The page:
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Is the inverse of a function always a function ?

Alfredo Dawlabany

New member
Joined
Aug 22, 2017
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45
Hi

Is the inverse of a function always a function ?

I asked myself this question because of an exercise that I was solving but couldn't find an answer.
We have \(\displaystyle f(x)=\sqrt{1+sinx}\) defined over \(\displaystyle \left [\frac{-\pi}{2} ,\frac{\pi}{2} \right ]\)
Let's see its curve on the graph and also the one of its inverse:

Screenshot_20180203-201741.jpg

The inverse's curve doesn't seem to be a function to me (maybe I'm missing some information in my mind).
A function is a map (every x has a unique y-value), while on the inverse's curve some x-values have 2 y-values.

By doing some calculations, I get \(\displaystyle f^{-1}(x)\,=\,\arcsin(x^{2}-1)\)
Its curve (the one I calculated) is like that (the grey one below):

Screenshot_20180203-201851.jpg

The part defined over negative x of this curve shocked me.
Can someone explain to me how this can happen ?
And why shouldn't the grey curve be like the purple one ?
 
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stapel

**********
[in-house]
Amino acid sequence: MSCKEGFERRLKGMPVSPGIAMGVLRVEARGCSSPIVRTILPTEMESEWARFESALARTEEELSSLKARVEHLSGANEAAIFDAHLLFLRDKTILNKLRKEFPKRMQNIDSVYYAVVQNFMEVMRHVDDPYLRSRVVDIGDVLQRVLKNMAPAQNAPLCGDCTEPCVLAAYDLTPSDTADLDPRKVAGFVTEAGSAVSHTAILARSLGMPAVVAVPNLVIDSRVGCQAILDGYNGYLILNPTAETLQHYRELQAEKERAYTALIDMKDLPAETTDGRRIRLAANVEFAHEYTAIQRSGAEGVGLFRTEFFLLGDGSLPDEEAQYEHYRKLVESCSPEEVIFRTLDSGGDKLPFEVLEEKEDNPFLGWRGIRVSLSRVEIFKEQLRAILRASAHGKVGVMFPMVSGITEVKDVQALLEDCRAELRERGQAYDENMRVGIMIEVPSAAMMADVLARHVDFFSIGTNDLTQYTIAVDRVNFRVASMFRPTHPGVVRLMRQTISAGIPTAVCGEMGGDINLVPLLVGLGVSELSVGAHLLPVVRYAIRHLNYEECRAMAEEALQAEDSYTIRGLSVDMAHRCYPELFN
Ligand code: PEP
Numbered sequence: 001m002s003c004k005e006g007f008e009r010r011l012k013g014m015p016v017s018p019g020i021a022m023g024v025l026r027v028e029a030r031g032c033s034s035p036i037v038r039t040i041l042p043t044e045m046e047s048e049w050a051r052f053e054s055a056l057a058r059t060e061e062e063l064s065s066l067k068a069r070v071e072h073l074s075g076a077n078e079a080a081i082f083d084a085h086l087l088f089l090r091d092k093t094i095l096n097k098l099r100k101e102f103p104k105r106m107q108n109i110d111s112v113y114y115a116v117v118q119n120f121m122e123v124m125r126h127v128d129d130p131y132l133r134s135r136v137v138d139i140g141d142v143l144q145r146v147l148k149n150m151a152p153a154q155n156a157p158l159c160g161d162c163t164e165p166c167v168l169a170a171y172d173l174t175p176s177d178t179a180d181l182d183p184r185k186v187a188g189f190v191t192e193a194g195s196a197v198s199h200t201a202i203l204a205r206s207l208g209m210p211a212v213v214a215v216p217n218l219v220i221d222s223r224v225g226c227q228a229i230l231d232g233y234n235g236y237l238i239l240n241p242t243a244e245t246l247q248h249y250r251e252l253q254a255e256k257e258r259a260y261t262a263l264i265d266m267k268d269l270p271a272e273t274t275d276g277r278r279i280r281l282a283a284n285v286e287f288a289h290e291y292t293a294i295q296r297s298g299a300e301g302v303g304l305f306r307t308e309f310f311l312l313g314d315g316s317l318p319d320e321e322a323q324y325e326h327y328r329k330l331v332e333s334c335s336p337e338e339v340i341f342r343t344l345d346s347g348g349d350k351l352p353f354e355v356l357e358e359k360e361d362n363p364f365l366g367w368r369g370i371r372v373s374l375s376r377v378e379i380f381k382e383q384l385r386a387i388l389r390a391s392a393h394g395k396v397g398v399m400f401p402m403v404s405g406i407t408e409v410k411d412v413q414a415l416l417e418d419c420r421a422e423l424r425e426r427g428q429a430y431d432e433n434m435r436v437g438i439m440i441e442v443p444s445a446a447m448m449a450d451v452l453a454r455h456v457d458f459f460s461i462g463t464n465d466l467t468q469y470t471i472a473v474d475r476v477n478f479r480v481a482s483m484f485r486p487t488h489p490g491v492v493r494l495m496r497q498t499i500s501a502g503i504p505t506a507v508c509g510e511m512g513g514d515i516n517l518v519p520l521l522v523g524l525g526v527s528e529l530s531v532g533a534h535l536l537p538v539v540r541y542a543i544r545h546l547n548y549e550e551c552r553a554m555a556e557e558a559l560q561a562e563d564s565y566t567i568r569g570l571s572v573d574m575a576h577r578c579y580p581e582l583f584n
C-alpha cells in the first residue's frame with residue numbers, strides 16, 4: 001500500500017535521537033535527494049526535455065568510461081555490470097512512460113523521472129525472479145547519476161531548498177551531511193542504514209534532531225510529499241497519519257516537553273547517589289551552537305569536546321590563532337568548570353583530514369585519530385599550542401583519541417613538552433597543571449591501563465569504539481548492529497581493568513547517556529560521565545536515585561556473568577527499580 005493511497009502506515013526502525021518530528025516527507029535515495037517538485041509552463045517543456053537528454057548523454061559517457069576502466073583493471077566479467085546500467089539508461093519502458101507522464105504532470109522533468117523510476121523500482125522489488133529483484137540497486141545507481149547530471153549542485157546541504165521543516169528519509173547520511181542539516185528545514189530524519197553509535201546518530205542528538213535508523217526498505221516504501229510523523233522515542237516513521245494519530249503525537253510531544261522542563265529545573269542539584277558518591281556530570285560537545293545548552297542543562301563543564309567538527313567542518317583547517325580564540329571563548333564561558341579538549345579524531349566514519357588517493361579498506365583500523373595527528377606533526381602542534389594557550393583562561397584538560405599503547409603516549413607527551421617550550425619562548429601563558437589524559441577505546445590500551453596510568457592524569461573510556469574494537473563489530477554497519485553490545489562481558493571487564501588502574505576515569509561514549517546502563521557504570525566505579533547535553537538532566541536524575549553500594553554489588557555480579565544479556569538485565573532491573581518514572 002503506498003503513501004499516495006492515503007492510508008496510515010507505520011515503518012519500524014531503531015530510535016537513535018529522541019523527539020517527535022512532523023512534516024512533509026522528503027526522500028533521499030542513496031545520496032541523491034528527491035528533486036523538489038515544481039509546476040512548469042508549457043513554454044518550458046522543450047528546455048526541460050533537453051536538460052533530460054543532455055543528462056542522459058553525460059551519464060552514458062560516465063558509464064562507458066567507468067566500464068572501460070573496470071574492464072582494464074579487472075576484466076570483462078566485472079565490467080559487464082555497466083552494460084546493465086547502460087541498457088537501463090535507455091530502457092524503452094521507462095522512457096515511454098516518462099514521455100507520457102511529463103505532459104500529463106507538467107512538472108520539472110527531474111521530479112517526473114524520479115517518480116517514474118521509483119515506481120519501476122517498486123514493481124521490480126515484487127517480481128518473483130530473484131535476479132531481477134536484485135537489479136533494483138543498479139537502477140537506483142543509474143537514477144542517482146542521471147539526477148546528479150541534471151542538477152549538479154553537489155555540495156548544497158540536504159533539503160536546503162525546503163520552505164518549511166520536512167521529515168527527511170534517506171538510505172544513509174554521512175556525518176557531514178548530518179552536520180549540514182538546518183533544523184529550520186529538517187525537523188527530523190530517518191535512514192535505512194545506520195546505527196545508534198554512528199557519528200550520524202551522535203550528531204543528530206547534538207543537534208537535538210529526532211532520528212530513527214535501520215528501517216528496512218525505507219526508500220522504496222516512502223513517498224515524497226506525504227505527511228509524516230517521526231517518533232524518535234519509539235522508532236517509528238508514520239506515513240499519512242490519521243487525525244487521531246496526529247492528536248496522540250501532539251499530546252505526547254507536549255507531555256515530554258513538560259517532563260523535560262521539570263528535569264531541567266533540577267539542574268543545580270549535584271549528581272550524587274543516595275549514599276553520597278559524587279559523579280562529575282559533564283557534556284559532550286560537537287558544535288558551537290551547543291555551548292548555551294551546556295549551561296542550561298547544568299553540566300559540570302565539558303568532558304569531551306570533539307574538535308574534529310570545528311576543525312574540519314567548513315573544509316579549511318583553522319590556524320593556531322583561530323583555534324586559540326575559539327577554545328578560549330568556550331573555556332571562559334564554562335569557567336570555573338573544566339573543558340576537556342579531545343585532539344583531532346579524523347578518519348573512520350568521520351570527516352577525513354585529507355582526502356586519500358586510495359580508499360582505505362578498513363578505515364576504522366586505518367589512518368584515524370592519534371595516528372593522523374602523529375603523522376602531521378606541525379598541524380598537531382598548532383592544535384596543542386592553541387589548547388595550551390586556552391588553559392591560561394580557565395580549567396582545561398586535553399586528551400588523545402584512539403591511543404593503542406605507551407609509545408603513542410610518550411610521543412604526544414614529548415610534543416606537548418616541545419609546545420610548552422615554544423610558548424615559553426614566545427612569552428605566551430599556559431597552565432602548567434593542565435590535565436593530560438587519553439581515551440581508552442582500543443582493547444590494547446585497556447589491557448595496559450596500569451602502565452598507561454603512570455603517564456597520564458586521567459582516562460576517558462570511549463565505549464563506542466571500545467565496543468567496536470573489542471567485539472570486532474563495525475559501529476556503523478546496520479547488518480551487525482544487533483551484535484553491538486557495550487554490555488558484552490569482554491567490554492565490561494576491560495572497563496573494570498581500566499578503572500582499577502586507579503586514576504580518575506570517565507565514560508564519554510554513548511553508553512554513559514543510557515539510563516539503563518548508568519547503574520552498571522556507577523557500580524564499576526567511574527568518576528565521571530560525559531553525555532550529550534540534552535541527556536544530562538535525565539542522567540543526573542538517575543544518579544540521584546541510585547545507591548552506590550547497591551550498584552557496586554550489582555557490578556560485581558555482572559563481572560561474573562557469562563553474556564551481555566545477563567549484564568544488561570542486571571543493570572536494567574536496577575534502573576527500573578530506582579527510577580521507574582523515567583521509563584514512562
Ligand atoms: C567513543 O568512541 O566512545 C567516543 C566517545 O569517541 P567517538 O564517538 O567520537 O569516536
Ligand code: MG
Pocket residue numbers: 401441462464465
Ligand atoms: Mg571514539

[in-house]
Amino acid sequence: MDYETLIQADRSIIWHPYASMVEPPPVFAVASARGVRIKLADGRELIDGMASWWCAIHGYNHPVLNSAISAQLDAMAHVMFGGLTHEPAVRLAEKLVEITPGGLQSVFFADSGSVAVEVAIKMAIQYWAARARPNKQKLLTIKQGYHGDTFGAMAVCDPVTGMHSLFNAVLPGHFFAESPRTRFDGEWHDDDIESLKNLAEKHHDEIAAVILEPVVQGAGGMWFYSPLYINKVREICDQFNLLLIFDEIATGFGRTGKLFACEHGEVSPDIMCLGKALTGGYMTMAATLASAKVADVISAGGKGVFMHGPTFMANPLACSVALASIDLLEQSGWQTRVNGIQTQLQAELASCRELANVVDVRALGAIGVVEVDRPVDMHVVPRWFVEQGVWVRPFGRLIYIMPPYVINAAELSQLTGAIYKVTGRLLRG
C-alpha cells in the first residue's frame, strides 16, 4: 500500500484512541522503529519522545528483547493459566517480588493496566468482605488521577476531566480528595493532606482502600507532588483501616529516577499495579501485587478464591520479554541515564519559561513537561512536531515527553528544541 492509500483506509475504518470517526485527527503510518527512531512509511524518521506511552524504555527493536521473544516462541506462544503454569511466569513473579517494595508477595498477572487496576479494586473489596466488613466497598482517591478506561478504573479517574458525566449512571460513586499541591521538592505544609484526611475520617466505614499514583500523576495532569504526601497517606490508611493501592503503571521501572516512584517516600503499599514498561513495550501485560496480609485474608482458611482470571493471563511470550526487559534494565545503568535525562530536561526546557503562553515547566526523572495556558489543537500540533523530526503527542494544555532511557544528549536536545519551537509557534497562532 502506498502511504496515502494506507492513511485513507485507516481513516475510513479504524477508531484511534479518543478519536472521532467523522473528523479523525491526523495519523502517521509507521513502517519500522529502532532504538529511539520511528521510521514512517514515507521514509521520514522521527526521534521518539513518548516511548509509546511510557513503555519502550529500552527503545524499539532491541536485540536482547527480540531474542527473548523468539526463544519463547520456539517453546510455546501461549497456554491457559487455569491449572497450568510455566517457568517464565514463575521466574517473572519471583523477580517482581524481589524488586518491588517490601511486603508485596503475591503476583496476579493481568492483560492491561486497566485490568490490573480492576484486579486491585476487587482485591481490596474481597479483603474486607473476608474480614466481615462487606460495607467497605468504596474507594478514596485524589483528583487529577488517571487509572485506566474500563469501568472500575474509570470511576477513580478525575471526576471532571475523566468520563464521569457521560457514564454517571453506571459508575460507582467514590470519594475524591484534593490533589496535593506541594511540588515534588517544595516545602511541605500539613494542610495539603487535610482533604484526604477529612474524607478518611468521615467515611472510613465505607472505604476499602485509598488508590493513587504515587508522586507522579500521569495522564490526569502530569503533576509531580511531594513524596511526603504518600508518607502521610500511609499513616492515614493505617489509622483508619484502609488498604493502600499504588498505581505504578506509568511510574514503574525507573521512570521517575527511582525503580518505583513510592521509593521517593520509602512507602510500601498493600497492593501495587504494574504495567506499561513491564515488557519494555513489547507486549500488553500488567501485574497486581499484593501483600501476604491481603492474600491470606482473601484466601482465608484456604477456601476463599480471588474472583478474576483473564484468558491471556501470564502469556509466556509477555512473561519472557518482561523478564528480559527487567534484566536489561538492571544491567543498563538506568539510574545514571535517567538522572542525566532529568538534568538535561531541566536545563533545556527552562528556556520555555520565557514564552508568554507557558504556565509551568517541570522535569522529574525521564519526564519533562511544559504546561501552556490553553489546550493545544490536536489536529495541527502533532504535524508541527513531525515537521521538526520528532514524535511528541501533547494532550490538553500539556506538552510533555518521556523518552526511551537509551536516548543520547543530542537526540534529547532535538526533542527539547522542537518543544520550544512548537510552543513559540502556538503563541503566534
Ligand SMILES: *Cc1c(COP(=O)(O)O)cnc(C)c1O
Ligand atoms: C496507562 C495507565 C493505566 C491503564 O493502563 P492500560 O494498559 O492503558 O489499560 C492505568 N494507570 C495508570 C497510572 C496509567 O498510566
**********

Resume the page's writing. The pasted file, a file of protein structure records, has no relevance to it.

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Joined
Feb 4, 2004
Messages
15,937
Is the inverse of a function always a function?
Obviously not! Easy case: a parabola. Its inverse is a sideways parabola, which is not a function. To be stated in functional terms, it would have to be expressed as two square-root functions.

I asked myself this question because of an exercise that I was solving but couldn't find an answer.
We have \(\displaystyle f(x)=\sqrt{1+sinx}\) defined over \(\displaystyle \left[\frac{-\pi}{2} ,\frac{\pi}{2} \right]\)
Let's see its curve on the graph and also the one of its inverse:

View attachment 9096

The inverse's curve doesn't seem to be a function to me (maybe I'm missing some information in my mind).
No, it is not. But you're inverting the entire original function (which you did not restrict to the stated domain), rather than a portion. This is why the arcsine function is very carefully defined on only a very limited domain. ;)
 

Alfredo Dawlabany

New member
Joined
Aug 22, 2017
Messages
45
Obviously not! Easy case: a parabola. Its inverse is a sideways parabola, which is not a function. To be stated in functional terms, it would have to be expressed as two square-root functions.


No, it is not. But you're inverting the entire original function (which you did not restrict to the stated domain), rather than a portion. This is why the arcsine function is very carefully defined on only a very limited domain. ;)
Thanks, that makes sense. I don't know why I didn't think about the parabola and it's inverse which is a conic. It's more clear now.
 
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